Why do people want to store Android on their phones?

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You’ve seen people talking about “stock” Android on the Internet, but you’re not quite sure what that means. The short answer is that it’s “pure” Android straight from Google, but that doesn’t explain why so many hardcore Android fans like it.

stock id android

It is true that the term “stock Android” only means the version of Android released by Google. Well, in fact, it was developed by the Open Handset Alliance. A consortium of 84 companies working to develop open standards for mobile devices.

Most of the big players in the mobile field are members of the OHA, including Samsung, Qualcomm, Nvidia, Intel, and of course Google. Google is the primary commercial sponsor of Android development, but the operating system itself is open source and anyone is free to use it.

So it is the version of Android certified by the OHA, sponsored and led by Google, which is commonly referred to as stock Android.

Understanding the Android phone ecosystem

So why not all stock Android? Most of the Android phones that you can buy today have a modified version of Android. In essence, every basic operating system is the same, but different phone makers tweak or replace the user interface, add more features and preload their favorite set of apps.

Android is an open platform and thus there is a heated competition between different brands of phones and tablets to stand out from each other. There is a vibrant ecosystem of devices of radically different shapes, sizes, and features.

On paper, it seems to be a good idea for every phone maker to tweak, extend, and improve the underlying Android layout. Most of the time, it is! However, there are obvious advantages that make the stock Android experience very attractive.

What’s so great about Stock Android?

There are many reasons why someone would prefer stock Android over other options, but the first thing that most fans of no-frills Android rave about is that it’s, well, no-frills. Stock Android is relatively small, doesn’t require a powerful hardware to work well, and has a simple interface.

Perhaps most importantly, Stock Android is free of bloatware: Apps and other content preloaded by Android phone makers which are often annoying and hard to get rid of.

Apart from cutting out all the bloat and offering a simple and fast user interface, stock Android also benefits from quick updates. If your device is running Android, you can update to the latest Android version as soon as it is launched.

If you are using a device with a modified version of Android, then you have to wait for the manufacturer to open the hood for the latest version of Android and work its magic before releasing it to customers. That has changed somewhat these days, with Android makers releasing bug fixes and high-priority bugs almost immediately, and disconnecting them from major Android updates.

Stock Android is also completely open source, which means that (in principle) anyone can scan the code and see exactly what is on their device. It is impractical to hide spyware or backdoors in an open source software product. With modded Android phones, everything that is installed on the underlying operating system is proprietary. So, to sum it all up when it comes to the good stuff in stock Android:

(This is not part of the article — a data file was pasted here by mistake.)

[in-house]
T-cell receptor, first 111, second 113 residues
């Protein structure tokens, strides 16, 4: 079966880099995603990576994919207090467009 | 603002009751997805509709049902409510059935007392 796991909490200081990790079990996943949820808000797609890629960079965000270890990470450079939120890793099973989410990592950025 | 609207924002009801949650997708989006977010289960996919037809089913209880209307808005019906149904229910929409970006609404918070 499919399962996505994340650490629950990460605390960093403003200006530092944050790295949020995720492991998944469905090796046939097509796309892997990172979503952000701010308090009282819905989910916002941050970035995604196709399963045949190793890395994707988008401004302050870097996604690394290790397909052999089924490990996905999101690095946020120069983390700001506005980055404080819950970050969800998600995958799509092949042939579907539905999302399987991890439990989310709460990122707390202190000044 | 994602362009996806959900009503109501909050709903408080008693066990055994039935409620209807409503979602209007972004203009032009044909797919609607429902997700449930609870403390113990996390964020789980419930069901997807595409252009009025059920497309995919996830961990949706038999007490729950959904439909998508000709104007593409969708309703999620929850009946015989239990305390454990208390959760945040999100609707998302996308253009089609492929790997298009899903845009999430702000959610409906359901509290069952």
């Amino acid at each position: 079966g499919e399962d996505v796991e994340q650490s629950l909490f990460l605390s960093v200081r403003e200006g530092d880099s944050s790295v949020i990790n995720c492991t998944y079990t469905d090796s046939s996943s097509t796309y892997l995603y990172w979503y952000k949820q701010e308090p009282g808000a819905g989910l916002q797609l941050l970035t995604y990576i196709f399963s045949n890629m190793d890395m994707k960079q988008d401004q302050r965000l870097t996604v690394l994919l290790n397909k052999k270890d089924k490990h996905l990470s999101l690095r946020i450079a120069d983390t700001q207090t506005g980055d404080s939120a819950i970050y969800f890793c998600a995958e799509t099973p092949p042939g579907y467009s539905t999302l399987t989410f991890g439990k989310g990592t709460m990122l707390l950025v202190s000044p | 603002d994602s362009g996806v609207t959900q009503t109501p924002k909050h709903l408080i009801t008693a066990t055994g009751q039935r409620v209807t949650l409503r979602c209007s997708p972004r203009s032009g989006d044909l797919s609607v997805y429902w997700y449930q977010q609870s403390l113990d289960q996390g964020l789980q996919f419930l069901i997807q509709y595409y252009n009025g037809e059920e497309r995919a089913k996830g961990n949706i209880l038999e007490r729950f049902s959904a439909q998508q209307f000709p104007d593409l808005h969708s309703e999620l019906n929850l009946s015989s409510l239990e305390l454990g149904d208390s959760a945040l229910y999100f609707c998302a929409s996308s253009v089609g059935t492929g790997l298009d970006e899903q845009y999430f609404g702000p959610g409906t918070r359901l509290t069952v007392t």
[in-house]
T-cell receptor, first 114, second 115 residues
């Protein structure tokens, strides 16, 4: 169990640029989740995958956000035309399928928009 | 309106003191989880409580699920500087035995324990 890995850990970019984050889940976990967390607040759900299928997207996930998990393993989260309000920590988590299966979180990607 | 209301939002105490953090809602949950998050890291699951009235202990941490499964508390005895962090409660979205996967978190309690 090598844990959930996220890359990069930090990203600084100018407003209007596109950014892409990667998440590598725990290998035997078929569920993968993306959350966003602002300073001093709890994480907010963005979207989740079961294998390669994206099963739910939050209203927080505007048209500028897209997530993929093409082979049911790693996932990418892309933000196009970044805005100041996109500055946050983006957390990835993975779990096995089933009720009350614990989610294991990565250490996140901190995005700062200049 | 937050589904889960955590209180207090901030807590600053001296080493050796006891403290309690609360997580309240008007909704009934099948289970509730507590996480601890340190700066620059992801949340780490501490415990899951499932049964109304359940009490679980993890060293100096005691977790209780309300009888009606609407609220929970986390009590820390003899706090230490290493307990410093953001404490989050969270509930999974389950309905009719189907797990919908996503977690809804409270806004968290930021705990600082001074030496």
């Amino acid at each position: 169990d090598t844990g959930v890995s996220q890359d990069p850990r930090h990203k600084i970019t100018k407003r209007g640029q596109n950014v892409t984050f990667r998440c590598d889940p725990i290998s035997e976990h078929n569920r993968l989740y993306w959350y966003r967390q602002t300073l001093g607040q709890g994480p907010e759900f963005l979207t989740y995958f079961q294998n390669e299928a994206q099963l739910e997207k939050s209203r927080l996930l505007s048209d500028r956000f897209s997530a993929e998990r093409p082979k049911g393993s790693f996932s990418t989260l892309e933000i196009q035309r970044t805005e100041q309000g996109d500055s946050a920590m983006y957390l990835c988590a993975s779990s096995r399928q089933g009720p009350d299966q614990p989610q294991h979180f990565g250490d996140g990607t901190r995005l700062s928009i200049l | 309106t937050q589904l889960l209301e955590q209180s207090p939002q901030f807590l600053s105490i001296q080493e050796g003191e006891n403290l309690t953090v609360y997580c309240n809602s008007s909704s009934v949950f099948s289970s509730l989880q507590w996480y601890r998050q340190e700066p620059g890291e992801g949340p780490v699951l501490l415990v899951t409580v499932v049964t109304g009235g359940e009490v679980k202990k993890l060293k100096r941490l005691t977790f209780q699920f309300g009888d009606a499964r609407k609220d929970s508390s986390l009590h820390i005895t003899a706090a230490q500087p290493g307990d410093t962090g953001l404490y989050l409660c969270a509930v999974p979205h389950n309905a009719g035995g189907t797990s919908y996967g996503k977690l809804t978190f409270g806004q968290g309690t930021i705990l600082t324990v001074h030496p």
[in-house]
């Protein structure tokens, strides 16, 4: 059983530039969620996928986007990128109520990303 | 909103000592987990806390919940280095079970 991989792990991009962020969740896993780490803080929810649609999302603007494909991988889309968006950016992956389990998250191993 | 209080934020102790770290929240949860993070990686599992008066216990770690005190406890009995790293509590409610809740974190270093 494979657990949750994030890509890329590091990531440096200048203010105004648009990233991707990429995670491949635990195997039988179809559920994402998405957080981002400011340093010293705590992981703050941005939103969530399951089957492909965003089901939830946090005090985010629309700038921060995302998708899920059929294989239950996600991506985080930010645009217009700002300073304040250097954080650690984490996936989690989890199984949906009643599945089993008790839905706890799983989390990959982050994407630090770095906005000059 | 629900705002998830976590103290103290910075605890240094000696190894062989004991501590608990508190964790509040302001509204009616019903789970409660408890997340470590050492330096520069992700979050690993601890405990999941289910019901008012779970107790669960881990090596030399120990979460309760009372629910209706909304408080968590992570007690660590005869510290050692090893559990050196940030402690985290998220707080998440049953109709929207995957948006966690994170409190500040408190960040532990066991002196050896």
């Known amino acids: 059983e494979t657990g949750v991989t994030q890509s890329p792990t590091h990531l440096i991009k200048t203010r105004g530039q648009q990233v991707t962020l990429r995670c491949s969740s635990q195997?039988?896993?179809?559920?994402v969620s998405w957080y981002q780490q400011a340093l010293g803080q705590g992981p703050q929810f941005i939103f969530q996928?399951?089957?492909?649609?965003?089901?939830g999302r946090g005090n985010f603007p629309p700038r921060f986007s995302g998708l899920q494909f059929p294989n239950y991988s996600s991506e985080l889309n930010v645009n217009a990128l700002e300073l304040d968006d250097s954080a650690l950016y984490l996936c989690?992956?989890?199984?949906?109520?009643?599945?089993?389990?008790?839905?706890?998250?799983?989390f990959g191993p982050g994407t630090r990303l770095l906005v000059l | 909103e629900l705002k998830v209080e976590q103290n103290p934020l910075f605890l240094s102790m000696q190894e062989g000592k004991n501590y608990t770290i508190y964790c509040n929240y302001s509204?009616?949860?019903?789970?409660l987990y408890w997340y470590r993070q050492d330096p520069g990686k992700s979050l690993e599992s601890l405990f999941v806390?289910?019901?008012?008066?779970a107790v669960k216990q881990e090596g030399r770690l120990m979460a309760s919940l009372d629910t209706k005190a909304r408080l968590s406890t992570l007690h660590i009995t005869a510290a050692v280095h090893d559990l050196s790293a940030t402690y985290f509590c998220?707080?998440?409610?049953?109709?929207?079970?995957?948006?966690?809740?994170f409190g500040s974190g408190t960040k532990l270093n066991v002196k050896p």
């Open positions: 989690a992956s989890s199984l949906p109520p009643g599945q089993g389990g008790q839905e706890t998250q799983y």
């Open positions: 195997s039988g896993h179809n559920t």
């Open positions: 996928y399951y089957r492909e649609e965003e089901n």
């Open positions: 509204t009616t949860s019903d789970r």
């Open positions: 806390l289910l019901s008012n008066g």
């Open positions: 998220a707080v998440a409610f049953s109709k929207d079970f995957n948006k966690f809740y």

• Comes without bloatware.
  • Provides minimal user interface.
  • It is open source with no screws attached.

There is a lot to like about the simpler life that Android offers, but it is not all advantages and disadvantages!

What’s Not So Cool About Stock Android

The main problem with stock Android is that it is not optimized for any particular device. If you install it on a random Android phone, you will lose access to any special hardware features of that phone without adding the special drivers again.

Stock Android is also not as feature-rich as the custom versions of the operating system on the market. For example, the native screen recording function became an official feature only for stock Android in Android 11, however, phone makers like Samsung have offered this function for years. If you care about the latest high-end hardware and software features, stock Android probably isn’t for you.

Likewise, stock Android has some catching up to do when it comes to multitasking and running multiple apps on the screen at the same time. Android 11 does not yet provide an official “desktop mode”, but users of Samsung phones can use DeX.

How to get Stock Android

So, if you want stock Android, how are you going to start getting it? The simplest answer is to buy a stock Android or semi-stock Android phone. The term “close to stock” means that minimal modifications have been made to the operating system and it retains the look, feel and usability of stock Android.

There are a number of phones you can buy that have a bloat-free Android experience out of the box. Google’s Pixel phones are a good example of this. You may also want to look for “Android One” phones, which are officially certified by Google, and get at least two years of operating system upgrades as soon as they’re released.

If you want to mount stock Android on your existing phone, this is much more complicated and involves “rooting” your phone to get full administrator privileges and upload a custom modified OS image to it, which can include stock Android. This is not something we advise a new Android user to do, because if things go wrong, there is a real chance of turning your phone into a paperweight. So make sure you do some serious homework on the process and its risks before you take the leap.

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